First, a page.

In anticipation of possible Israeli withdrawals from the West Bank, the Union of Orthodox Jewish Congregations of America voted in Jerusalem last week to empower its leadership to issue statements critical of the Israeli government.
The action, taken after much debate, came after what many viewed as the organization's tepid response two years ago to the planned Gaza disengagement.
Even as Palestinian President Mahmoud Abbas gave Hamas extra time to decide whether to accept the so-called "prisoners' document" as the basis for renewed talks with Israel, Israeli analysts were predicting further Palestinian anarchy and an all-out civil war.
"I don't see a way to overcome this crisis without engaging in a civil war," said Moshe Eldad, a researcher at the Shmuel Neeman Institute at the Technion-Israel Institute of Technology.
As Ehud Olmert takes the office of prime minister in his own right this week with a coalition government ready to implement his withdrawal from much of the West Bank, debate is rising over the wisdom of such a move and his selection of ministers.
"This government is very weak and in trouble before it is even sworn in," observed Gerald Steinberg, a political science professor at Bar-Ilan University.
Israel's launch Tuesday of a satellite to spy on Iran's nuclear development program was seen as another step in improving its defense capabilities in the face of a renewed threat Monday by Iranian President Mahmoud Ahmadinejad to destroy the Jewish state.
The latest threat from the Iranian leader came as Jews worldwide paused to remember the six million Jewish men, women and children murdered by the Nazis.
The Palestinian suicide attack that killed nine and injured more than 50 Monday at a Tel Aviv shwarma shop (the deadliest attack in more than a year) was widely seen as hardening the resolve of much of the world against the Hamas government and could ultimately lead to its collapse as leader of the Palestinian people.
Even though Prime Minister-designate Olmert this week advanced by two years to 2008 the date for the withdrawal of about 70,000 Israeli settlers from much of the West Bank (thereby clearing the way for a Palestinian state on contiguous land) many Israeli observers questioned whether he could carry it out.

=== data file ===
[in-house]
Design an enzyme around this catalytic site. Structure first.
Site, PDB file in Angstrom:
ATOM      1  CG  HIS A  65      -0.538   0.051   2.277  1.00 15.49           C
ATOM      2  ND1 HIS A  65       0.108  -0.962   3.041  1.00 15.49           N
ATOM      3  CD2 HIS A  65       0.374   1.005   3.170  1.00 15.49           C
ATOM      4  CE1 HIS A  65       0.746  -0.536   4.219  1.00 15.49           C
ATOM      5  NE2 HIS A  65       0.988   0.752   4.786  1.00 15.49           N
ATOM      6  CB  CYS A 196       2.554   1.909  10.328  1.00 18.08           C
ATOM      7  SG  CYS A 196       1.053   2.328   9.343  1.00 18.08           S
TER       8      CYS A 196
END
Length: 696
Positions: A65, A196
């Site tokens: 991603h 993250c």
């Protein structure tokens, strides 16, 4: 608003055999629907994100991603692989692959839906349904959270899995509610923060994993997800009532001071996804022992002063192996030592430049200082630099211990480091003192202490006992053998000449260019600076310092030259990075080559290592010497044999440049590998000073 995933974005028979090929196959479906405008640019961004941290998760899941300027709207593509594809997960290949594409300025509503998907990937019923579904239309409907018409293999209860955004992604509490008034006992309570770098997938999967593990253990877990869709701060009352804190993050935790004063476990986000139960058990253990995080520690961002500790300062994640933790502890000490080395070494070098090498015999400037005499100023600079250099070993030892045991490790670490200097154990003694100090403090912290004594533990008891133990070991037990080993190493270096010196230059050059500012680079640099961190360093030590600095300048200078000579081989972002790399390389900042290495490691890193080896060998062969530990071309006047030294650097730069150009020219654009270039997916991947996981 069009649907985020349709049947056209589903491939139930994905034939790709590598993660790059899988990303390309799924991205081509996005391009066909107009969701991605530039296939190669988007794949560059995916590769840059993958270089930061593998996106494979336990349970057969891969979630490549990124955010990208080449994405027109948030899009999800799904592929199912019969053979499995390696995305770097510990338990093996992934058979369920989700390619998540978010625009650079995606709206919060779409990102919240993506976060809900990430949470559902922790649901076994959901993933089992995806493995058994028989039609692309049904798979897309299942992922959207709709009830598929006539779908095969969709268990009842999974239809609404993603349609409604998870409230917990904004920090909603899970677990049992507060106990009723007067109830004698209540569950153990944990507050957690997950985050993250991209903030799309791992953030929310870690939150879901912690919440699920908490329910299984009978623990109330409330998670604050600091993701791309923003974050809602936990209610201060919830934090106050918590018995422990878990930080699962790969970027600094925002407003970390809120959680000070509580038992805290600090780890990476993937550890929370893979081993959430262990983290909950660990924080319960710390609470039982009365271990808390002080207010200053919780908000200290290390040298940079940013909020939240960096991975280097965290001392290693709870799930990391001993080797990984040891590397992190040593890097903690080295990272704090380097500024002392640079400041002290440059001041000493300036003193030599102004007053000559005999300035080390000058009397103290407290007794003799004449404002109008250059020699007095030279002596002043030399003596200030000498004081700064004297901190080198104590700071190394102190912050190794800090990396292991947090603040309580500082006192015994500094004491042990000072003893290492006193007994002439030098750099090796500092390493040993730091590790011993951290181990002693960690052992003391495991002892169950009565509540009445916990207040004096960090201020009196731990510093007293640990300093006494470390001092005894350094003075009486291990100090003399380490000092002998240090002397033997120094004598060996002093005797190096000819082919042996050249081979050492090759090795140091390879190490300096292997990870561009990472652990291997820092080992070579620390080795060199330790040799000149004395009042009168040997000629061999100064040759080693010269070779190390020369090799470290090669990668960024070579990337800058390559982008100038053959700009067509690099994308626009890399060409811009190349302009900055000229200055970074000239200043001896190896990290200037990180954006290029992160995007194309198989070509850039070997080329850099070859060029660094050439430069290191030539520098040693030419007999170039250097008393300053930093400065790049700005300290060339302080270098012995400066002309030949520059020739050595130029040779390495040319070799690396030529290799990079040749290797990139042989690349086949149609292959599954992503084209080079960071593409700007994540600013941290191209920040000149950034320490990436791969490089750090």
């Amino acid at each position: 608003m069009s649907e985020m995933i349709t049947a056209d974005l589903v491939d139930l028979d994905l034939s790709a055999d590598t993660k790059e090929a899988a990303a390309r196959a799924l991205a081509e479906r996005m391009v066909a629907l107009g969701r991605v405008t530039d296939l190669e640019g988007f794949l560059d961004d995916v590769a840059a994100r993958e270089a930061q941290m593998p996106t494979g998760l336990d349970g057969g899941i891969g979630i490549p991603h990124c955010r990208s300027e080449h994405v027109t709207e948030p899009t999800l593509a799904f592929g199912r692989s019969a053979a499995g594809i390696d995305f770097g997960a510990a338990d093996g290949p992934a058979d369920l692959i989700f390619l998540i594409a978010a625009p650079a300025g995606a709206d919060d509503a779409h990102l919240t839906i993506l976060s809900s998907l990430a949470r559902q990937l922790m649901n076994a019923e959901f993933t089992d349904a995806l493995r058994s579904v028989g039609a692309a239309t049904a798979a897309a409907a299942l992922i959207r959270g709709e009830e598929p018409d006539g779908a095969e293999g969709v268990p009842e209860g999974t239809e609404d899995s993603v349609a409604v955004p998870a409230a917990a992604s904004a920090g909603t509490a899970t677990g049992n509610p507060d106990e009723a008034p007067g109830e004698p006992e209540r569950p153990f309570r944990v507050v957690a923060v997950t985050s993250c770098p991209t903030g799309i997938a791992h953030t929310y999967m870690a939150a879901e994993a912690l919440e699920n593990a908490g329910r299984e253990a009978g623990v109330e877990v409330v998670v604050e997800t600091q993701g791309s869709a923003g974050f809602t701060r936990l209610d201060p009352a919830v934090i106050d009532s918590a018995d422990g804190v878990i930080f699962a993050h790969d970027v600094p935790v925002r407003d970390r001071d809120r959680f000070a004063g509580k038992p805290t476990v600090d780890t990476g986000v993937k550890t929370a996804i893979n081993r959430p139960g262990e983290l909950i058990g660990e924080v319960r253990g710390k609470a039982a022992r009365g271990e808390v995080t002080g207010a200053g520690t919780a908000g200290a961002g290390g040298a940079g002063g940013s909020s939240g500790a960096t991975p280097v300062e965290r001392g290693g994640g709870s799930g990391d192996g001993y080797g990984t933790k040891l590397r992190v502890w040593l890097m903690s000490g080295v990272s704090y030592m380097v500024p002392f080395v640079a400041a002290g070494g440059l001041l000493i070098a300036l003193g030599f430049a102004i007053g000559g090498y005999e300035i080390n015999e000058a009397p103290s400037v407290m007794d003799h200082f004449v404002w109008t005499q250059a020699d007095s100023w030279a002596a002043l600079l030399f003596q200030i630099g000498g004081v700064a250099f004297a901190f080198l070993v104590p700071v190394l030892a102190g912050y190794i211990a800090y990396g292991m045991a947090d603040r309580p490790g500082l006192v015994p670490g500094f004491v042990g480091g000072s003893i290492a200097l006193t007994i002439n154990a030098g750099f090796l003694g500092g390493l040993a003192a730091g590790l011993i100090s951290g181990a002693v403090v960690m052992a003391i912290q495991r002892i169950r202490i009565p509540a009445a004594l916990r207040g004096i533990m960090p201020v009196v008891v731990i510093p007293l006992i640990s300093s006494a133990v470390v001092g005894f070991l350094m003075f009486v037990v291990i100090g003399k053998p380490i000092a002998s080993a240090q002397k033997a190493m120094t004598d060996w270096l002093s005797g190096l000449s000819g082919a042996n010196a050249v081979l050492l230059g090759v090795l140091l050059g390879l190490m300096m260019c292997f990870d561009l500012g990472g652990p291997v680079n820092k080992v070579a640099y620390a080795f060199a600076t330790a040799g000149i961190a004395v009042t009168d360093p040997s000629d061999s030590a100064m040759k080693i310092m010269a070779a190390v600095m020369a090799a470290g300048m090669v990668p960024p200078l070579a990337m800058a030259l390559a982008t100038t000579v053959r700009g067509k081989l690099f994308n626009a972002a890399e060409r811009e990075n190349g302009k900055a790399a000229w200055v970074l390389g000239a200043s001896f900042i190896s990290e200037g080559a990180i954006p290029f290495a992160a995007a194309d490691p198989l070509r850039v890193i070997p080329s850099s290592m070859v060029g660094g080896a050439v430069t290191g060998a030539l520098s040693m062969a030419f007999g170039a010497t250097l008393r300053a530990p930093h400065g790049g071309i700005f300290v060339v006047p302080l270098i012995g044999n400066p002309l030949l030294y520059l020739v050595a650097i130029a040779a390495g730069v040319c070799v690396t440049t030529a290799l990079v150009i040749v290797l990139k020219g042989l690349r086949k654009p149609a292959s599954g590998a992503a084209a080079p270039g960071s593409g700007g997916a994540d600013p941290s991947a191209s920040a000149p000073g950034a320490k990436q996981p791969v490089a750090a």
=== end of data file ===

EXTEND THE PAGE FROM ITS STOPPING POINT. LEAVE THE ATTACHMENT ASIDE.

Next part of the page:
Jerusalem Now the horse trading begins.
As Ehud Olmert seeks to assemble a coalition government this week following his Kadima Party's poorer-than-expected victory of just 28 seats in Tuesday's election, he will not have the free hand he expected just a month ago when polls were showing Kadima winning 40 or more seats in the 120-seat Knesset.
In his campaign to win election as the next prime minister, Labor Party Chairman Amir Peretz is stressing the economy and his goal of reversing Israel's growing rate of poverty and income gap.
But even his staunchest ally concedes he has an uphill battle.
"In Israel, unfortunately, people donít vote based on socio-economic conditions," said Ofer Eini, who in January succeeded Peretz as chairman of the Histadrut Labor Union.
Israel and Palestinian terrorist groups in the Gaza Strip are indirectly ironing out details of a cease-fire that may avert, at least temporarily, increased violence.
If there were to be a major Israeli attack, analysts agree, it would come after Israelis celebrate their 60th anniversary this month. But by the end of the month, all bets are off.
The Israeli assault on a Palestinian jail in Jericho Tuesday to arrest the alleged mastermind of the 2001 assassination of an Israeli minister has increased the political standing of Acting Prime Minister Ehud Olmert just two weeks before elections, according to Israeli analysts.They also said the siege foiled Hamas' effort to portray itself as the liberator of Palestinian prisoners.